by Dan Jones
I have just returned from a mission trip to the Dominican Republic and it was glorious.
I and my team members helped construct a platform for the front of the church, we painted some metal steps at the side and the front of the church, we brought them shoes and dresses and blankets for children, we brought them 40 pounds of extension cords and a case of Spanish Bibles, and we attended a three-hour church service where the praise and worship blazed and smoldered and thundered like the top of Mt Sinai in the book of Exodus.
We put on puppet shows, taught the church members how to use the puppets, and gave them puppets. We had a team member who gave them free violin lessons.
We did various craft projects with children and youth, including something called "The Wordless Book" which is simply squares of felt colored black, red, white, gold, and green.
We explained that the gold square represents the streets of gold in heaven where we were meant to live. The black square represents sin, when darkness and death came into the world. The red square represents the blood of Jesus, which cleanses us from sin. The white square represents the purity of that cleanliness, and the green square reminds us that we should continue to grow in Christ.
And through it all, we enjoyed this wonderful, glorious, holy relationship with our Dominican hosts. I truly felt like we were brothers and sisters (hermanos) in Christ.
One day, a brother from the church shared a delicious cold beverage he had made himself from local sugar cane and natural ingredients. It tasted a little like ginger ale and was very refreshing.
There was always a helping hand no matter what we did, always joy, always laughter, always love.
And this love and atmosphere of family was never more apparent than at meal times.
Dominican food is delicious and our hostess (the pastor's wife) and her crew of cocineros are fabulous cooks. There was fresh fruit at every meal, delicious juices made fresh from that fruit, hearty and healthy dishes, a few things to keep us from getting too homesick (pizza and donuts) and traditional Dominican dishes that rely on excellent flavor rather than an abundance of spice.
Perhaps my favorite of the traditional dishes was Moro de Guandules, which is rice with an unusual bean.
The English name for guandules is "pigeon pea" and they are grown throughout Asia, Africa, and Latin America in tropical and sub-tropical regions. They have a delicious, rich flavor and have been found to have an excellent, life-sustaining balance of proteins and nutrients. The plants themselves fix nitrogen and actually enhance the soil where they are grown.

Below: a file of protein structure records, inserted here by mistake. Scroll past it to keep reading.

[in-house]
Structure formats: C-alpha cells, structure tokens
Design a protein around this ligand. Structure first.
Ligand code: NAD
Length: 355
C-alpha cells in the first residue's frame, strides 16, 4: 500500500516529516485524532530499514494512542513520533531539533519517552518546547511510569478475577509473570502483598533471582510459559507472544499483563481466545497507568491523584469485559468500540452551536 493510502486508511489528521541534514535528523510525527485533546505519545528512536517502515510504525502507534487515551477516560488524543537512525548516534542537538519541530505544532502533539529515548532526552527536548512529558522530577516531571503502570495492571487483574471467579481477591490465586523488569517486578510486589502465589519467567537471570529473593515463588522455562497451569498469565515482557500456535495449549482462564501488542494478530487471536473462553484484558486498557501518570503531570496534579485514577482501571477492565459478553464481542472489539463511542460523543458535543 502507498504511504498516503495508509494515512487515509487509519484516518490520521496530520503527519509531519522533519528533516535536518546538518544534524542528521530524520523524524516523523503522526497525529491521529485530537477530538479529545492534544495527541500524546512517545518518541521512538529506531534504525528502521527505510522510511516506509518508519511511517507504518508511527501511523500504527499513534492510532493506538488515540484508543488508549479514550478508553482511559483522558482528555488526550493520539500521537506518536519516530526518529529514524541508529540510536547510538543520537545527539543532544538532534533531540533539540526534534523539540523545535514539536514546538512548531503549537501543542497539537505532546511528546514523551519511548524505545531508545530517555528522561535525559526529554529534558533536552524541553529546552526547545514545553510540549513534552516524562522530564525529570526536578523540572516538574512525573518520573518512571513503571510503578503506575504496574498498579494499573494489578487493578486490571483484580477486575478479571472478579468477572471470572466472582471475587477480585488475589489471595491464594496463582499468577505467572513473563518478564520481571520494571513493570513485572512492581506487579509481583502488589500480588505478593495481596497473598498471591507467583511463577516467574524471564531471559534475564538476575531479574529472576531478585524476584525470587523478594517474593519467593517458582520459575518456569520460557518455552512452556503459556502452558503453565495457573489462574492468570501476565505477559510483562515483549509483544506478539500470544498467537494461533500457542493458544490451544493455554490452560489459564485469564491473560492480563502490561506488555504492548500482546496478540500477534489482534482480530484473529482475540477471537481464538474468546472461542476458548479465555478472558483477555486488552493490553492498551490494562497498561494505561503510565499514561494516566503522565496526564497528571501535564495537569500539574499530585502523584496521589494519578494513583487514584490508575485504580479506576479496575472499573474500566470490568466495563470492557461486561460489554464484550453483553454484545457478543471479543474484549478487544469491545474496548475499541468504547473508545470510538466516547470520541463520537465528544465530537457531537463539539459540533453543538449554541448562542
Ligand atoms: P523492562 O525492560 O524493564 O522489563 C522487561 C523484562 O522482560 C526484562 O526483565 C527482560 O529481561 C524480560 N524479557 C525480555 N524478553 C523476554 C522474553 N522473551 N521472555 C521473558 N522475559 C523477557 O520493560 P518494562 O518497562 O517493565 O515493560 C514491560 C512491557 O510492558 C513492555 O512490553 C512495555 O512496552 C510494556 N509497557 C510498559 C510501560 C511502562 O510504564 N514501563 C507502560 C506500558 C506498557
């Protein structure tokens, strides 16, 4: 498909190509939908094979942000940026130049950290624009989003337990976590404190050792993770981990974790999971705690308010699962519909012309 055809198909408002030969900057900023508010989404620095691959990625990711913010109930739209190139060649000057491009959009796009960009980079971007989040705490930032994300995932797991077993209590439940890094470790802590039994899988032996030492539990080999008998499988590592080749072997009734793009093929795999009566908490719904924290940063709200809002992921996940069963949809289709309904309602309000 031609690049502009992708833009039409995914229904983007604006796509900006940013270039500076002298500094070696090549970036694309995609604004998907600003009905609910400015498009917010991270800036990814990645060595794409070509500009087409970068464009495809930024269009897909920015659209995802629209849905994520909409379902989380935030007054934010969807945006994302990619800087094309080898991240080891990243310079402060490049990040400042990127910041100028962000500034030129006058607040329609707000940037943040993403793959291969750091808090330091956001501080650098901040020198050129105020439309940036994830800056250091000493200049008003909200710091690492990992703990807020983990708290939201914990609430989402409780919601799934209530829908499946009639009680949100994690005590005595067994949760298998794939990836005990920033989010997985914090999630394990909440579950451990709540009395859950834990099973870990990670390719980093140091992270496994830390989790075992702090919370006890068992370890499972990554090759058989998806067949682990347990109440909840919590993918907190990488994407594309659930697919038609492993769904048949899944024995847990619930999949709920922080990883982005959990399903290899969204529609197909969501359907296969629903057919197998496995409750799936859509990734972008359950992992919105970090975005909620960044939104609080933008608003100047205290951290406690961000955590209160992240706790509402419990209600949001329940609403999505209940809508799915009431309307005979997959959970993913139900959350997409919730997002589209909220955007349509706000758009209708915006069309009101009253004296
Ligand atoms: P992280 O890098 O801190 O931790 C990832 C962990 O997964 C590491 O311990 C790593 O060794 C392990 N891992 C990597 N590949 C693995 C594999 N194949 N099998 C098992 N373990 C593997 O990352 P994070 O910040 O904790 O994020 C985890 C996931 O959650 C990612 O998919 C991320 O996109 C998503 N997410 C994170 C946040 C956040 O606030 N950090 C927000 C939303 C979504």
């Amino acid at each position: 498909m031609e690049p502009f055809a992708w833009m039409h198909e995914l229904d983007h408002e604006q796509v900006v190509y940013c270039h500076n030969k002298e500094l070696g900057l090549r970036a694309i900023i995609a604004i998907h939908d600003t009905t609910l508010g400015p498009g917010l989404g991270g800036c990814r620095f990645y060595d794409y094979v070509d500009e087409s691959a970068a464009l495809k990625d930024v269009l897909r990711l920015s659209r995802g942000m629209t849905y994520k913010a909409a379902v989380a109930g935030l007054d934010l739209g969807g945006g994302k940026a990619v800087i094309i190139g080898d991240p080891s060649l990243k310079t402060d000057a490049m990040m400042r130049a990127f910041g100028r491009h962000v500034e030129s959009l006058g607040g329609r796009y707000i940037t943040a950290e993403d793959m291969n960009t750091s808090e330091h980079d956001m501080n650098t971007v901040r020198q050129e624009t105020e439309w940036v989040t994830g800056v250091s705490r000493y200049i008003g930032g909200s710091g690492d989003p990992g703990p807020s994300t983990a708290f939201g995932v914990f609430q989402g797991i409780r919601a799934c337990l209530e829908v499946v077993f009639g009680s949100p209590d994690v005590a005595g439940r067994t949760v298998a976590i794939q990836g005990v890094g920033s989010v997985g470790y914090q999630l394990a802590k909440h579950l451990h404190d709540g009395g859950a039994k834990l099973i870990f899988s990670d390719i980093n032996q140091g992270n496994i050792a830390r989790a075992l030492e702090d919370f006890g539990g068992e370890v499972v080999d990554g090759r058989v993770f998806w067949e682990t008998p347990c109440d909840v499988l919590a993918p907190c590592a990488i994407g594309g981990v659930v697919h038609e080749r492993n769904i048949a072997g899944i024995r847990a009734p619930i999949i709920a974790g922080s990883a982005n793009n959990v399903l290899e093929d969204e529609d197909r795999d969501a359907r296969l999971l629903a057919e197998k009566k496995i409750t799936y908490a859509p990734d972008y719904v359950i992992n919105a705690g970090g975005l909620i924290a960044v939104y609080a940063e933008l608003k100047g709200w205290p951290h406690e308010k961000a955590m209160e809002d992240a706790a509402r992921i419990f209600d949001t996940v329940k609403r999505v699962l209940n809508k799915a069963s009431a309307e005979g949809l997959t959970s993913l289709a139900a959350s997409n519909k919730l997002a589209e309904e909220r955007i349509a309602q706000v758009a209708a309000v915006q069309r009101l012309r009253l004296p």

Although popular over much of the world, Dominicans are especially fond of guandules and consider them a gift from God.
One day, after yet another excellent meal which included guandules, we went to a neighborhood that just a few years ago had the reputation as the most dangerous barrio in all of the Dominican Republic. We met in a church where light shone through holes in the tin roof and the Holy Spirit was still at work poking holes in the darkness of the drug culture and saving souls nobody thought could or would be saved.
We walked through that neighborhood praying for the people there with the Pastor and some elders leading the way and six Dominican ladies (none of whom were over five feet tall) covering our backs like F-14 fighter pilots with Bibles.
As we rounded a corner, we found ourselves in the presence of some of the local drug lords. The man leading us through that neighborhood had been one of them before Jesus saved him and changed his life.
And the drug dealers recognized him and asked us to pray for them.
So we did.
And as I pondered all that was taking place around us, one of the Spanish words that I managed to learn kept coming to mind:
The word translates as "almighty" in English, but I think the Spanish version packs a little more "punch" as it makes me think "totally powerful."
And He is totally powerful in everything.
His love rescues drug lords from sin and darkness and certain death. His love unites and binds into family people from two different cultures thousands of miles apart. His love brings joy and love and fellowship among people who do not even share a common language. His love joins His people in praise and worship as they proclaim His glory.
And I even found His love proclaimed in the humble pigeon pea. For, you see, one of the brothers of the church had planted guandules right beside the church. And, as I was taking a break from painting the steps on that church as black as they make black paint, I noticed that when the flower of the pigeon pea first emerges from the plant it is as deep a red as the blood of Christ, but as the white light of the sun shines upon it, that flower opens to a glorious, heavenly gold.
And from that golden flower comes a green and growing fruit that brings life in abundance.
I also pray that you will understand the incredible greatness of God’s power for us who believe him. This is the same mighty power that raised Christ from the dead and seated him in the place of honor at God’s right hand in the heavenly realms. Now he is far above any ruler or authority or power or leader or anything else—not only in this world but also in the world to come. God has put all things under the authority of Christ and has made him head over all things for the benefit of the church. And the church is his body; it is made full and complete by Christ, who fills all things everywhere with himself. Ephesians 1:19-23 (NLT)